Wednesday, 23 May 2012

The unbelievable in pursuit of the unbearable

I don't know about you, but I'm getting pretty sick of the sterile, pointless farce that masquerades as political debate these days. Last night I watched Newsnight, that bastion of 'well, he thinks you're an idiot: what have you got to say about that?' discourse, and I think I finally, after many many years, reached the end of my tolerance.

If you're in the UK, you can watch it here. You'll see Chloe Smith, the Conservative MP for Norwich North, and Rachel Reeves, MP for Leeds West and Shadow Chief Secretary to the Secretary. The subject was IMF boss Christine Lagarde's speech about the British economy.

The first depressing element of the exchange was the suspicion that both parties and the show had put up young female politicians to make it look like they're representative of the parties, and to make economics somehow more approachable. The Tories are more to blame for this one, I feel, as Reeves is actually in an economic role, whereas Smith is just a backbencher. Then, the presenter pointed out that Smith refused to debate with her Labour counterpart - she simply demanded a pulpit from which to pronounce her interpretation without challenge.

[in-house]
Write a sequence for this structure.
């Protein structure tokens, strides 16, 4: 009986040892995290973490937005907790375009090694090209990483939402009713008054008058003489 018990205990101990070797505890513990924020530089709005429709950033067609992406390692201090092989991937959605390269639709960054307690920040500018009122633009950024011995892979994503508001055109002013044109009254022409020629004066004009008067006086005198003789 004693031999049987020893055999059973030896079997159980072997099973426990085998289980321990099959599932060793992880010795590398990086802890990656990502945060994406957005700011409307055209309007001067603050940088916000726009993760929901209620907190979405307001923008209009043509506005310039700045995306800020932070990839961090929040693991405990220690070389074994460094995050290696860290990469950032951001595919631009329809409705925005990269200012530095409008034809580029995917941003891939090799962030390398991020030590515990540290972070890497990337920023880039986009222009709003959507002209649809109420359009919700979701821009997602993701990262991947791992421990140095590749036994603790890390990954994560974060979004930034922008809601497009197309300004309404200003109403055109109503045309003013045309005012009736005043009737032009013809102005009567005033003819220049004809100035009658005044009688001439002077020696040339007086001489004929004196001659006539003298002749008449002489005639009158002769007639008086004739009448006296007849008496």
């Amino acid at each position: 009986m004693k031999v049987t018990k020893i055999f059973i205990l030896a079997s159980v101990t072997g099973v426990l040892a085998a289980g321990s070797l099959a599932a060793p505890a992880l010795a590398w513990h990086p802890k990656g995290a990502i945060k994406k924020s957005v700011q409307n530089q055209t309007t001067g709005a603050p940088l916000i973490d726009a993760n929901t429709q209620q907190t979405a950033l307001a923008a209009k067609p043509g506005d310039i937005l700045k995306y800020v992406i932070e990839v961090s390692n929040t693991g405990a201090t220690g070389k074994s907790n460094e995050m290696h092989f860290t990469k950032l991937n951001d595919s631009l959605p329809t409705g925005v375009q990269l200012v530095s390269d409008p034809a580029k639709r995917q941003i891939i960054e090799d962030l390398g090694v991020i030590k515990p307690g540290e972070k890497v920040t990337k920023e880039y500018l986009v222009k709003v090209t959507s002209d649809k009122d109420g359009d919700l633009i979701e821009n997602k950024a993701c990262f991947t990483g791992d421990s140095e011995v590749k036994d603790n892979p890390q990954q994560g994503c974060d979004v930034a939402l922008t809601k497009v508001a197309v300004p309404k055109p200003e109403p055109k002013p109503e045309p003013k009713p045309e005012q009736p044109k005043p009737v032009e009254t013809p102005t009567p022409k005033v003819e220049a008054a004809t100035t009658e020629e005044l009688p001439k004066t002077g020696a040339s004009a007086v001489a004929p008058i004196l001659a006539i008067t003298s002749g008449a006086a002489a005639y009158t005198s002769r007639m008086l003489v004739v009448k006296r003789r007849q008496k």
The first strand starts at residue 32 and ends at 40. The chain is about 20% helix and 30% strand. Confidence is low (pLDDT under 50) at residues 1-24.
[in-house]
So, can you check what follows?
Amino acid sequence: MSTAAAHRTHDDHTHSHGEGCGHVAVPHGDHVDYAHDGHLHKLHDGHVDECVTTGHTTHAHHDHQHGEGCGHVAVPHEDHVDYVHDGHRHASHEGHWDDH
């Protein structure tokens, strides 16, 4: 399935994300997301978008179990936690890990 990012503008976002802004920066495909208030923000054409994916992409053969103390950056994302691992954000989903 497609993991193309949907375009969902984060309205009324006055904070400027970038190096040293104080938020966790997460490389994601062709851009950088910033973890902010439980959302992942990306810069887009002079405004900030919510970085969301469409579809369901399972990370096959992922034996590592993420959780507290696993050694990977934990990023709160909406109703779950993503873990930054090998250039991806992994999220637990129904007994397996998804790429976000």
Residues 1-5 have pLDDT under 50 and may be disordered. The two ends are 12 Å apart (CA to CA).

But the worse aspect of the whole sterile encounter was the robotic determination of both parties to parrot ready-cooked lines. If you watched the speech, you'd have noticed that Lagarde had some supportive things to say about the government, and some very critical things to say.

If you only listened to Rachel Reeves, you'd think that Lagarde had turned up, kicked Osborne in his gentleman's area while mocking his innumeracy and economic insanity. Conversely, if you listened to Chloe Smith alone, you'd have left with the impression that Lagarde had slipped Osborne some tongue, then pinned the Grand Order of Economic Genius medal to his chest while begging for his autograph.

In sum, it was a pointless exercise in spin. Neither politician could afford to state the obvious: that the speech was ambivalent about both their ideas and politics is more complicated than 'he said/she said'. Instead, they just repeated the pre-cooked lines until the 8 minutes were over. Smith announced that we'd all be living on the Big Rock Candy Mountain by next Thursday, while Reeves announced that Labour opposed the 50p tax rate cut while repeatedly avoiding the question of whether Labour would reinstate it.

Personally, I view Chloe Smith as a Tory seat-warmer and quite like Rachel Reeves as an effective communicator and sharper mind - but they're both prime examples of how intelligence and personality are subjugated to political discourse as the greasy pole is climbed. Lagarde is yet another example: once a vaguely liberal-left critic of global finance, now she's it's international shill.

What a waste of their time and mine.

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